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68wm6 p2 Pit Dis

Pituitary Disorders

QuestionAnswer
Which Endocrine gland exerts control over the other endocrine glands? Pituitary gland
Which endocrine gland works closely with the hypothalamus? Pituitary gland
What is the system the pituitary gland uses to control the other glands? the negative feedback system: a decrease in function in response to stimuli
Hormones produced by the anterior pituitary gland: *GH (growth hormone) *TSH (thyroid stimulating hormone) *ACTH (adrenocorticotropic hormone) *Gonadotropic hormones: FSH (follicle stimulating hormone) & LH (luteinizing hormone) *MSH (melanocyte stimulating hormone) *Prolactin
Hormones produced by the posterior pituitary gland: *ADH (anti-diuretic hormone) *Oxytocin
The Anterior pituitary is also known as what? adenohypophysis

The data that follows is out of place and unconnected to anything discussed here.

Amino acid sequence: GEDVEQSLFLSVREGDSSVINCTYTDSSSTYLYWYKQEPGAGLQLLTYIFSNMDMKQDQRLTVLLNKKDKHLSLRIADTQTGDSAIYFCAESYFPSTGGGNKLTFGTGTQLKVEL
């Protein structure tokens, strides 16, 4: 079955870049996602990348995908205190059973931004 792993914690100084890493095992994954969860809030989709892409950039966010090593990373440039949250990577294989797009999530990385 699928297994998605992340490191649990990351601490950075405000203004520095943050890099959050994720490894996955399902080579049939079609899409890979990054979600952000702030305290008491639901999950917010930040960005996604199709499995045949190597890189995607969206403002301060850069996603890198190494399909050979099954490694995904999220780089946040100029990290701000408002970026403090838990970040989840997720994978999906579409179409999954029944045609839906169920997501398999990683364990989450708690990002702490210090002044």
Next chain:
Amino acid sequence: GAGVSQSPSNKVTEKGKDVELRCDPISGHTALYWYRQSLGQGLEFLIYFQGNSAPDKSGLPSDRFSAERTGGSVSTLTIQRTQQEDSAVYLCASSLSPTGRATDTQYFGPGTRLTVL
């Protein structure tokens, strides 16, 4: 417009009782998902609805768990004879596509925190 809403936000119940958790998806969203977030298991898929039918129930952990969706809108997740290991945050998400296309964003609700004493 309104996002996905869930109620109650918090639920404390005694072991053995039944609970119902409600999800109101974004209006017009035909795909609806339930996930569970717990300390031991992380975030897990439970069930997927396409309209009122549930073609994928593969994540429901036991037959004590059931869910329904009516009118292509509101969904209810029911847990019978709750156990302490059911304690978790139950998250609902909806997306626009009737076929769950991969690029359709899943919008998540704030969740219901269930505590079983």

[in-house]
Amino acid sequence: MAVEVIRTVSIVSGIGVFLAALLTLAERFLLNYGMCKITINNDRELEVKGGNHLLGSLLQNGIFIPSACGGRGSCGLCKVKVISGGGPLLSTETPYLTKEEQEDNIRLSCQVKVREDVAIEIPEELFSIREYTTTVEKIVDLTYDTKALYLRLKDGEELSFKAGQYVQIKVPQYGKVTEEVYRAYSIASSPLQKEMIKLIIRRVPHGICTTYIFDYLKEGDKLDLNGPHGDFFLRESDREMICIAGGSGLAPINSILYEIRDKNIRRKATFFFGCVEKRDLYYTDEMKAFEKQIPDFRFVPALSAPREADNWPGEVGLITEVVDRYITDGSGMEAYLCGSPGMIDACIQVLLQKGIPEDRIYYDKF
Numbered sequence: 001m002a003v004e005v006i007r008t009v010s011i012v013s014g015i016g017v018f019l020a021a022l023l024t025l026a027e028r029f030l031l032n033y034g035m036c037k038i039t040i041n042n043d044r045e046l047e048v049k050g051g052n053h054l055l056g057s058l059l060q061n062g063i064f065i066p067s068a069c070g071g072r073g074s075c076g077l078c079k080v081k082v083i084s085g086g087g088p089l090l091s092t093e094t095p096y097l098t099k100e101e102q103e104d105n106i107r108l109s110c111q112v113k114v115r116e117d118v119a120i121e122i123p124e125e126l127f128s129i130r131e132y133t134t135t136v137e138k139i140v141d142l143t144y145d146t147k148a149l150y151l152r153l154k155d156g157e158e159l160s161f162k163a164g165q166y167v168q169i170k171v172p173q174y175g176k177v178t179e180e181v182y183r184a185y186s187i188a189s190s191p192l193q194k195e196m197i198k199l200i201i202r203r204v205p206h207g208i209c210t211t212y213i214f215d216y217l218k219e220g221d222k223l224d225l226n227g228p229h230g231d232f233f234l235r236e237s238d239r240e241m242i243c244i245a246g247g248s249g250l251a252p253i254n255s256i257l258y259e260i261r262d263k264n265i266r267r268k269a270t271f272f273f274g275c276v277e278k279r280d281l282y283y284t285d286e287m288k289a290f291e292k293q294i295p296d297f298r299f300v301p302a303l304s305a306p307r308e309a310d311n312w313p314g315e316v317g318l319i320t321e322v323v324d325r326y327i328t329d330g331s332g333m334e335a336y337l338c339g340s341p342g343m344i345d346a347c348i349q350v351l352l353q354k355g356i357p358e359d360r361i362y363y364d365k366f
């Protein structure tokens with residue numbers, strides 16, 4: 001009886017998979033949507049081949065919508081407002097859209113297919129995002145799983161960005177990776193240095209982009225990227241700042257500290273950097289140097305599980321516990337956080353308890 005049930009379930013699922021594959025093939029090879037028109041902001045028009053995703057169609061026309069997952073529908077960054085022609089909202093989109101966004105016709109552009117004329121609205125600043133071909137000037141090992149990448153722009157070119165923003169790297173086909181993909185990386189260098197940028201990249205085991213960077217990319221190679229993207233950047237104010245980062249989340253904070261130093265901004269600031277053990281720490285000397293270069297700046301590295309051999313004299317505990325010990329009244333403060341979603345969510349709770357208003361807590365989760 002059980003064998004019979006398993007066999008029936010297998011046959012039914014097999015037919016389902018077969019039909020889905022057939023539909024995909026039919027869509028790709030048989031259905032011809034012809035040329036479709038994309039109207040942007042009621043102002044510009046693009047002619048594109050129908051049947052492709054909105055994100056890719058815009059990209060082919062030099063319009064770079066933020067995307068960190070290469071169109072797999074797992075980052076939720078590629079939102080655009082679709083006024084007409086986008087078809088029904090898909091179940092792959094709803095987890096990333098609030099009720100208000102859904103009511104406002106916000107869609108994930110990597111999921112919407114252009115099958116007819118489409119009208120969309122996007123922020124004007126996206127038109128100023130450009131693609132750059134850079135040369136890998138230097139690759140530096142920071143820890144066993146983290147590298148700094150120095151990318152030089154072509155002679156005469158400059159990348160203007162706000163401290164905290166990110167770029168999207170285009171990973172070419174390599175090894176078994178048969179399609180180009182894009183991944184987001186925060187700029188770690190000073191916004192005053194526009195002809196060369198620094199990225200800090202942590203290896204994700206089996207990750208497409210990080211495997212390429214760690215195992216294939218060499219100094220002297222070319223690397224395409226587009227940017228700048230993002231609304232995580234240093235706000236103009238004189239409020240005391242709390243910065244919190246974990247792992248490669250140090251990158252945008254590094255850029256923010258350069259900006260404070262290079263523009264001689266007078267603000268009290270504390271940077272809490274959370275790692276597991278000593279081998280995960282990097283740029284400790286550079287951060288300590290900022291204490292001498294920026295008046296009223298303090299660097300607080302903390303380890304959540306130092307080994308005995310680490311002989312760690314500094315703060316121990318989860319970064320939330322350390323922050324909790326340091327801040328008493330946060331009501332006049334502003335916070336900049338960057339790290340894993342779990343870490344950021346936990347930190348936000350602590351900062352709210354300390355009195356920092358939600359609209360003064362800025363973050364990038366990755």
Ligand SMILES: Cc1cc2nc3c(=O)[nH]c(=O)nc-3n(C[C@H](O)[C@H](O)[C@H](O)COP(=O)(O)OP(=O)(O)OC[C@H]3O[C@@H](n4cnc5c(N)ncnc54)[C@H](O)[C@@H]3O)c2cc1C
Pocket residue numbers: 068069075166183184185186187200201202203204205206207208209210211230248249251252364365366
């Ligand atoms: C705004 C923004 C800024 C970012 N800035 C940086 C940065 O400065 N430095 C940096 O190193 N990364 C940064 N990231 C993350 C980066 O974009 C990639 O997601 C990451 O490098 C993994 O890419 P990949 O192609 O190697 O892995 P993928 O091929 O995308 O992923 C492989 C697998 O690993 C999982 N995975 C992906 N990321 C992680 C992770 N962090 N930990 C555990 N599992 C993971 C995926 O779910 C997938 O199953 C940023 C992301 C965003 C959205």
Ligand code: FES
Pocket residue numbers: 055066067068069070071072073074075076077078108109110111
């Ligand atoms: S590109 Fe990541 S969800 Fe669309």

The Posterior pituitary is also known as what? neurohypophysis
Acromegaly is caused by what? Overproduction of somatotropin {growth hormone (GH)} in the adult from Idiopathic hyperplasia of the anterior pituitary gland or from tumor growth
True or False: Acromegaly is correctable with aggressive surgery. False. Growth changes that occur are irreversible despite adequate surgical & medical intervention
What are the visible changes brought on by acromegaly? enlargement of the cranium and lower jaw, with separation and malocclusion of the teeth, bulging forehead, bulbous nose, thick lips, enlarged tongue, and generalized coarsening of the facial features